Post-traumatic stress disorder (PTSD) is a mental health infirmity that is a serious condition. This is a consequence after experiencing a life-threatening, stressful, frightening, or distressing event.
After going through a traumatic event, it might becomes hard to perform normally on a day-to-day basis. In addition, ‘fight-or-flight’ response is generated by the body during this period. No doubt people begin to recover naturally after a few weeks or months. But if symptoms persist longer than a few months, it is referred to as PTSD. Consequently, such people feel stressed or frightened even when not in danger.
The first few cases of PTSD were diagnosed during the First World War, which happened due to shell shock. Hence, PTSD was earlier recognized as Battle Fatigue Syndrome. The condition was not officially acknowledged as a mental health problem until 1980, after being included in the Diagnostic and Statistical Manual of Mental Disorders, by the American Psychiatric Association.
- Stressful experiences – accidents, personal assaults, sexual abuse, witnessing the death of a loved one, or natural disasters.
- Inherited mental health risks – anxiety and depression
- Temperament – inherited personality traits
- Hormones released in response to stress
FACTORS AFFECTING PTSD
Almost 7-8% individuals in the world experience PTSD at some point in their lives. PTSD is not a unique disorder for anyone and does not indicate a sign of weakness. Particularly, war veterans, children, teenagers, and adults show signs of the condition. Indeed, those who have been through physical or sexual abuse, accident, disaster, experienced a sudden death of loved one, or any other serious event might suffer.
In addition, personal factors, like traumatic exposure, age, and gender can affect the cause. In fact, women are more likely to develop the condition.
Risk factors increase the likelihood of PTSD. They include – going through traumatic events, getting hurt, feeling helpless, extreme fear, little or no social support, extreme stress, and history of mental illness or substance abuse.
In contrast, resilience factors reduce the risk of PTSD and help in recovery. They include – social support, joining a support group, developing a positive coping strategy, and being able to respond efficiently.
SIGNS AND SYMPTOMS
Symptoms may not appear until months or years after a traumatic event. However, each person experiences symptoms in their own way. Usually, the following four types of symptoms are observed:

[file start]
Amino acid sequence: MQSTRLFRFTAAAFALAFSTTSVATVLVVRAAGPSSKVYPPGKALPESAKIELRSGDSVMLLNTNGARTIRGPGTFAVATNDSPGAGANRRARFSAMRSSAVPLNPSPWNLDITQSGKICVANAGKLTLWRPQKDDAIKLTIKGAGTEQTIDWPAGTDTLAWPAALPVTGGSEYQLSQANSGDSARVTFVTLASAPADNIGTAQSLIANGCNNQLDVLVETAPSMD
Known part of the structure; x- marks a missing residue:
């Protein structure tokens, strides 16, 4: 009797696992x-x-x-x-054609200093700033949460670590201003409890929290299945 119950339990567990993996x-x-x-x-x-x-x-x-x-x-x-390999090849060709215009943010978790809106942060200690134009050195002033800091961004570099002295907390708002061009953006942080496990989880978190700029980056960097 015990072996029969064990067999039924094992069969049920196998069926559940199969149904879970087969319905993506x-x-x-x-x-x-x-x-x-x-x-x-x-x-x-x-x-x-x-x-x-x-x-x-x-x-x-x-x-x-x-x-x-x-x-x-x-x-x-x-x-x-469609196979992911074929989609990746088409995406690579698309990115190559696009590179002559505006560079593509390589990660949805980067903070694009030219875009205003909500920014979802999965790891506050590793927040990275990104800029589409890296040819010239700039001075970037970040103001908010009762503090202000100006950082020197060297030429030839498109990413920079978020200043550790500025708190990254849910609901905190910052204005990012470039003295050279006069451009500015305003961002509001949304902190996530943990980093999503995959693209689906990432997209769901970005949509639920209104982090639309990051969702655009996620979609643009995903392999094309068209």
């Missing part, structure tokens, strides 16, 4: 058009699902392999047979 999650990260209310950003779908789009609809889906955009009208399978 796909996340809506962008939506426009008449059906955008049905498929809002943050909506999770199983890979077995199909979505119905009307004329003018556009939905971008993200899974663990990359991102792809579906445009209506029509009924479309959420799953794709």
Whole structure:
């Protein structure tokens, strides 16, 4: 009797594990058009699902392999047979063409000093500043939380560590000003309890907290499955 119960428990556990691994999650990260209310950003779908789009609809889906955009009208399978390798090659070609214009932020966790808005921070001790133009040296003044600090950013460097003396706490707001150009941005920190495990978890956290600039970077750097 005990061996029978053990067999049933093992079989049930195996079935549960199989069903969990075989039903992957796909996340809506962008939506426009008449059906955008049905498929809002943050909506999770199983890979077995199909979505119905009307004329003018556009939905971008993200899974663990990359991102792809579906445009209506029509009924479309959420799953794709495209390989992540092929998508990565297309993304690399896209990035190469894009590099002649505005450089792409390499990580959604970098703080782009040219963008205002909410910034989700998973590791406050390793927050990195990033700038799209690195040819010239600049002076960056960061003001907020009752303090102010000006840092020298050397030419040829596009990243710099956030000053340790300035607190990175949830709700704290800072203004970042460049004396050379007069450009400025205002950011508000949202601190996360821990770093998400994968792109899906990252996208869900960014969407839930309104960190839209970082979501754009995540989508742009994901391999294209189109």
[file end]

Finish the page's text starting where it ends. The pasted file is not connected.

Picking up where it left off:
Re-experiencing symptoms begin from one’s own thoughts and feelings. Words, objects, or situations act as triggers.
– Flashbacks i.e. reliving the trauma over and over again
– Bad dreams
– Frightening thoughts
Avoidance symptoms cause an alteration in the person’s personal routine.
– One avoids talking or thinking about the event
– Staying away from places, or objects that act as triggers
Cognition and mood symptoms can worsen after then trauma. Also, they make people feel alienated and detached.
– Troubled memories of the event
– Negative thoughts
– Distorted feelings like guilt and blame
– Loss of interest
Hyperarousal and reactivity symptoms are constant. Nothing can trigger them.
– Easily perturbed
– Feeling tensed, or on edge
–Difficulty in sleeping
– Angry outbursts
– Physical symptoms like high blood pressure, increased heart rate, rapid breathing, nausea, and diarrhea
In addition to the above stated, other symptoms are also observed:
- Feeling of hopelessness, shame, or despair
- Depression or anxiety
- Drinking or drug problems
- Chronic pain
- Employment difficulty
- Personal relationship problems
Moreover, PTSD also occurs in children. In a usual observation, children below the age of 6 experience troubled, sleepless nights. Ones between the age of 7 and 11 can depict the trauma through plays, drawings, or stories, and avoid attending school. Ones between the age 12 to 18 have symptoms more similar to adults, including depression, withdrawal, or reckless behavior.
Most noteworthy treatments for PTSD are two types:
Also called talk therapy, it involves counseling sessions with a therapist. It can further be of different types.
Cognitive behavioral therapy (CBT) is the most effective of all. It includes:
– Cognitive Processing Therapy (CPT) is where people learn skills to understand how trauma has affected their minds.
– Prolonged Exposure Therapy (PE) is where people talk about, imagine and visit the places involved in the trauma repeatedly. As a result, memories are no longer unsettling. As a result, fearful thoughts and feelings are kept under control.
- Another therapy called Eye Movement Desensitization and Reprocessing (EMDR) involves focusing on sounds or hand gestures. In addition, combining talking about the trauma along with exposure therapy is often useful. This assists in brain working through the traumatic memories.
Read more about how therapy can help with PTSD in this article from BetterHelp.
Antidepressants aid in controlling symptoms of depression and anxiety. SSRIs (selective serotonin re-uptake inhibitors), as well as SNRIs (serotonin-norepinephrine re-uptake inhibitors), are beneficial medicines. Furthermore, Prazosin medicine also helps in decreasing nightmares.
Finally, self-realization is a crucial part of recovery from PTSD. One can engage self in physical activities to reduce stress, set goals and priorities. Also, the sufferer should try confiding in a trustworthy person.
The following video depicts sufferers of PTSD sharing their path to recovery.